Kittleman ending run as Md. Senate's GOP leader

Washington Post Staff Writers
Wednesday, January 19, 2011

The ranking Republican in the Maryland Senate surprised his colleagues and the GOP establishment Tuesday when he announced that he will step down as minority leader because it had become apparent his colleagues did not want a "social moderate" as their leader.

The decision by Sen. Allan H. Kittleman (R-Howard County) came two weeks after he announced plans to sponsor legislation allowing civil unions in Maryland for both same-sex and heterosexual couples.

Kittleman's position put him at odds with many Republican colleagues, who told him during a closed-door meeting last week that they were distressed by his civil-unions bill and would not be supporting the legislation, according to participants.

Kittleman said he decided over the weekend that the other 11 GOP senators in the 47-member Senate should have a leader who is "more conservative than I am on social issues."

"I don't want to have them worry every time I get on the floor, 'What is he going to say?' " Kittleman explained, adding that the decision gives him "the freedom to be who I am, to champion issues I really care about without worrying about stepping on anyone's toes."

His decision comes as the state Republican Party is at a crossroads after Robert L. Ehrlich Jr.'s double-digit defeat in his November rematch with Gov. Martin O'Malley (D). In December, the party elected former senator Alex X. Mooney as its chairman, choosing a conservative over the more-moderate Mary D. Kane, who was Ehrlich's running mate.

But on Tuesday, in a phone call to the senator and a statement to the media, Mooney urged Kittleman to reconsider his decision.

"While Republicans in elected office and Republican voters at the grassroots level will not agree on every issue," Mooney said in the statement, Kittleman's overall record fits "well within the values of the Republican Party."

Towson University professor Richard E. Vatz, who is close to Ehrlich, said that in a state where registered Democrats outnumber registered Republicans 2 to 1, the GOP must decide, "Do you want to be ideologically pure or electorally viable?"

Vatz, who teaches political rhetoric, said Kittleman's decision to step down was wise if he has aspirations to run statewide or countywide in 2014. In Kittleman's back yard of Howard, O'Malley won 54 percent of the vote. His district - which also includes part of Carroll County - favored Ehrlich, according to an analysis by the Maryland State Board of Elections.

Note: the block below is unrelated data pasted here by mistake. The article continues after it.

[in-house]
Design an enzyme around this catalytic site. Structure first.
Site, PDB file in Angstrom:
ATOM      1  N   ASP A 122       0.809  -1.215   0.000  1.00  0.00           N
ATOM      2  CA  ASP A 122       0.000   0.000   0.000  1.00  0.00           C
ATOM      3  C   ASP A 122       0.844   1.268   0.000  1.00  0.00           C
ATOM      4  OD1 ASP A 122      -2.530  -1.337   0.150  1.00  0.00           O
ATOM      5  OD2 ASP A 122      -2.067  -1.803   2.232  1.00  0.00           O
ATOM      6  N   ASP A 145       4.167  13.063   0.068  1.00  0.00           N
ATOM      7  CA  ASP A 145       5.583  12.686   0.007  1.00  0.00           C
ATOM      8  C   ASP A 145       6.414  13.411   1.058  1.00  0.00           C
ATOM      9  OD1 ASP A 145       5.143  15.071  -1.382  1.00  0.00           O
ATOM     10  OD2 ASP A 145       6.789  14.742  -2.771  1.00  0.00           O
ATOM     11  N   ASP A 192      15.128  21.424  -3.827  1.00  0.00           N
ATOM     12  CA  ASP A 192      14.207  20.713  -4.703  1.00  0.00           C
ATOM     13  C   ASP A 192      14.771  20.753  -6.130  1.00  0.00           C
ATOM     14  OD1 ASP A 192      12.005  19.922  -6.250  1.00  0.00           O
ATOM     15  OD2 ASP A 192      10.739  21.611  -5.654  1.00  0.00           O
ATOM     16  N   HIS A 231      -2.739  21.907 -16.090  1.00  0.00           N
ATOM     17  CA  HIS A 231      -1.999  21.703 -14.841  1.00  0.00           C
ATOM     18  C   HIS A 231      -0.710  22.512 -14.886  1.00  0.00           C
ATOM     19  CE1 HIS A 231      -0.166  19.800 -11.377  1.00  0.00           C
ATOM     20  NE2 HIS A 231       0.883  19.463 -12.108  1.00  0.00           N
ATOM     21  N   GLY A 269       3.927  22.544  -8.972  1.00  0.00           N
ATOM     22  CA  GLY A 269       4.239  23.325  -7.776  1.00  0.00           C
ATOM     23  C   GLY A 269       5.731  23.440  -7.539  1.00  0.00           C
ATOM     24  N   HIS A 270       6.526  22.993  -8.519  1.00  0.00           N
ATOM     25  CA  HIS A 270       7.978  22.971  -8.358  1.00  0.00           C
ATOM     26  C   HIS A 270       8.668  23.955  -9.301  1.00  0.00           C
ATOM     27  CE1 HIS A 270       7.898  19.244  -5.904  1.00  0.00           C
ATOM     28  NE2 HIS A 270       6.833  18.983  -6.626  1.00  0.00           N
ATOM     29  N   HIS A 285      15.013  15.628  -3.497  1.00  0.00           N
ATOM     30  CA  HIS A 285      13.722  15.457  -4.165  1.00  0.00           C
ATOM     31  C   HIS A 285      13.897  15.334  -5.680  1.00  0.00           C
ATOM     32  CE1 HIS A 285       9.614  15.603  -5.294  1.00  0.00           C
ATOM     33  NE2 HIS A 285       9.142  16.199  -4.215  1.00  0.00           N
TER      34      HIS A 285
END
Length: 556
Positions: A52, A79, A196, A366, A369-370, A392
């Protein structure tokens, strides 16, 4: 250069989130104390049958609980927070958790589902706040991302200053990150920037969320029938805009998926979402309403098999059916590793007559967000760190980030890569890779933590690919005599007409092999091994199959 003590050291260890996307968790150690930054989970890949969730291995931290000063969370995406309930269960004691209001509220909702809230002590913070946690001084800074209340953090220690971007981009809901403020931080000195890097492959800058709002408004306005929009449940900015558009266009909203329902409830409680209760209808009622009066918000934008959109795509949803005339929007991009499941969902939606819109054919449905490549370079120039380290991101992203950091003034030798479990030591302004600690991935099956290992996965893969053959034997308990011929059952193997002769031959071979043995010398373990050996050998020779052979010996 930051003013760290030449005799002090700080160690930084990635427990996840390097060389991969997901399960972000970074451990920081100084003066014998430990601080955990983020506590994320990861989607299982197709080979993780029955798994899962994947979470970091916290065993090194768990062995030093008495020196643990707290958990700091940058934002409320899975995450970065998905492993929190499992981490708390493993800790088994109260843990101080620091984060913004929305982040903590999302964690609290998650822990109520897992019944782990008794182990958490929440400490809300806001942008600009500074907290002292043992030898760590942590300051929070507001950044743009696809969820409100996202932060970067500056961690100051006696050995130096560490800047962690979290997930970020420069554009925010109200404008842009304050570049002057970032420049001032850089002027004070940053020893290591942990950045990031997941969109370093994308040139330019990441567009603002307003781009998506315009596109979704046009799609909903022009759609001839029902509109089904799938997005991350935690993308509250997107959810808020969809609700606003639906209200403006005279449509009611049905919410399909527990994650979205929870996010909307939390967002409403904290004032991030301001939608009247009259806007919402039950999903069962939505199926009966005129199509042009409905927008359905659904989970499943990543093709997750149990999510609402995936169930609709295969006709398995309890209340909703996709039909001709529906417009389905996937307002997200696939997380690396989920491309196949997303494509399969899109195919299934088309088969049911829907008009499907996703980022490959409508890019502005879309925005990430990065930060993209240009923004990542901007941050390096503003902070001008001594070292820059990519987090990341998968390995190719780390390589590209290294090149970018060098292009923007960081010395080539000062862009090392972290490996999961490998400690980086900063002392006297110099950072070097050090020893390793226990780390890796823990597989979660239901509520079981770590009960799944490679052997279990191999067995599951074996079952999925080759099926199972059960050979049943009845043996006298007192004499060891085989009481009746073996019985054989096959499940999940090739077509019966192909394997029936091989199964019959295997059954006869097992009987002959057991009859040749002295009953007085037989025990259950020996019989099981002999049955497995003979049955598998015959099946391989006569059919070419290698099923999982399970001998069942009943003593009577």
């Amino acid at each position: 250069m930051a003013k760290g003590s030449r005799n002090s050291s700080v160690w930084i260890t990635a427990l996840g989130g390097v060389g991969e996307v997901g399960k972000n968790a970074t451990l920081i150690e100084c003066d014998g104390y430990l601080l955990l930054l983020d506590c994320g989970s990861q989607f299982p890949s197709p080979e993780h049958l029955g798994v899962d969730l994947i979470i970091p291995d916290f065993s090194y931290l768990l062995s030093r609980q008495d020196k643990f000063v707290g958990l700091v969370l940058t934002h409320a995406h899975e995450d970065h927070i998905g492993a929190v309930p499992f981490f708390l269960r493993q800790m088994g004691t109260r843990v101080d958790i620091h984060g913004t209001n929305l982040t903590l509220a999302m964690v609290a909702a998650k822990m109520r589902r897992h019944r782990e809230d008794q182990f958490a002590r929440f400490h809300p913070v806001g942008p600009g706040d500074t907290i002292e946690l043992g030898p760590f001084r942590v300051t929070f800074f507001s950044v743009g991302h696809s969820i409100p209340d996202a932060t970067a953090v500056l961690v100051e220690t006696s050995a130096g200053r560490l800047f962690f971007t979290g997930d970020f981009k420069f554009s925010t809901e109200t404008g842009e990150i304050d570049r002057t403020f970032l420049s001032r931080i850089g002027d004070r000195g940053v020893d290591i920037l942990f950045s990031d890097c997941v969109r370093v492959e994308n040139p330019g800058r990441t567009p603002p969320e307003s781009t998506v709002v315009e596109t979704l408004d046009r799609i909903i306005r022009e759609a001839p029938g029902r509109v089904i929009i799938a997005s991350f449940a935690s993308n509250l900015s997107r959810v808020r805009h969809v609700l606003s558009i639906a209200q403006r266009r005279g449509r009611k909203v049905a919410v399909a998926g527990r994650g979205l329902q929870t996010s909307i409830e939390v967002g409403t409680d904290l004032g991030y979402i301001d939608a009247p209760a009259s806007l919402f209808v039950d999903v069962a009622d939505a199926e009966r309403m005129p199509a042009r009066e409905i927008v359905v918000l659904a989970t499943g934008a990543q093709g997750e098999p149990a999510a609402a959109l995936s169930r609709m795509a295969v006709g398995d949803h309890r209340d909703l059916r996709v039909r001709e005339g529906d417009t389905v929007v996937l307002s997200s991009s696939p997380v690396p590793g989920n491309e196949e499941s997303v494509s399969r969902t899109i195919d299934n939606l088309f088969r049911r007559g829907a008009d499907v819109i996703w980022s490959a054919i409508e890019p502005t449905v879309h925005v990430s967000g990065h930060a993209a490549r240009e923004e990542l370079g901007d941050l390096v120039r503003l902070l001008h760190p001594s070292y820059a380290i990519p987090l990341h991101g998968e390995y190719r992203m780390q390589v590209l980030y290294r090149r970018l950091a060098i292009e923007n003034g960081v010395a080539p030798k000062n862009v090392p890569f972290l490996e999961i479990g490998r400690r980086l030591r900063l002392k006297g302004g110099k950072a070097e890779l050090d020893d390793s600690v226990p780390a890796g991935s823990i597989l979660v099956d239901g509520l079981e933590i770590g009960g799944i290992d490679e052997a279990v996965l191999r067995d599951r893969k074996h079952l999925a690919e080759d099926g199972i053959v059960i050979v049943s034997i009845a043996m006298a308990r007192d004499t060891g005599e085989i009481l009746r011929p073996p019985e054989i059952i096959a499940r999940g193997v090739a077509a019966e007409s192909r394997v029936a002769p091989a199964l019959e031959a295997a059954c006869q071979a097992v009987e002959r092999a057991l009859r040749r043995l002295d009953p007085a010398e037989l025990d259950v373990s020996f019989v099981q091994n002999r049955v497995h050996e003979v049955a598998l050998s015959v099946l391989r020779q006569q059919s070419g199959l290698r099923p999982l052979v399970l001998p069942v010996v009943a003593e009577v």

"Having gratuitous fights would simply wreck the party at this point and is not in his interest," Vatz said. "That's not the role that wins people over to the Republican side."

Kittleman is the son of the late civil rights activist Robert Kittleman, who was minority leader in the House and head of the Howard County NAACP.

The legislation the younger Kittleman is considering would give heterosexual and same-sex couples joined through civil unions the same benefits as married partners but would "protect the rights of religious institutions to define marriage as they choose." His effort comes as the prospects for legalizing same-sex marriage in Maryland appear to have significantly improved since the November election.

Kittleman said in an interview Tuesday that having the freedom to speak about his support for civil unions sends a signal to residents that "there are Republicans in Maryland who support these issues. . . . We are more of a big tent than people sometimes think."

Kittleman, who has been minority leader for two years, stressed that his colleagues did not pressure him or ask him to resign. "No one encouraged him to step down nor did we expect him to step down. He has been an excellent Minority Leader," Sen. Nancy Jacobs (R-Harford) said in an e-mail.

He will officially step down once a new leader is selected, which could happen Friday.

Minority Whip David R. Brinkley (R-Frederick), the No. 2 Republican in the Senate, said he is interested in the job. Jacobs, a former minority whip, said she has not yet decided whether to seek the position.

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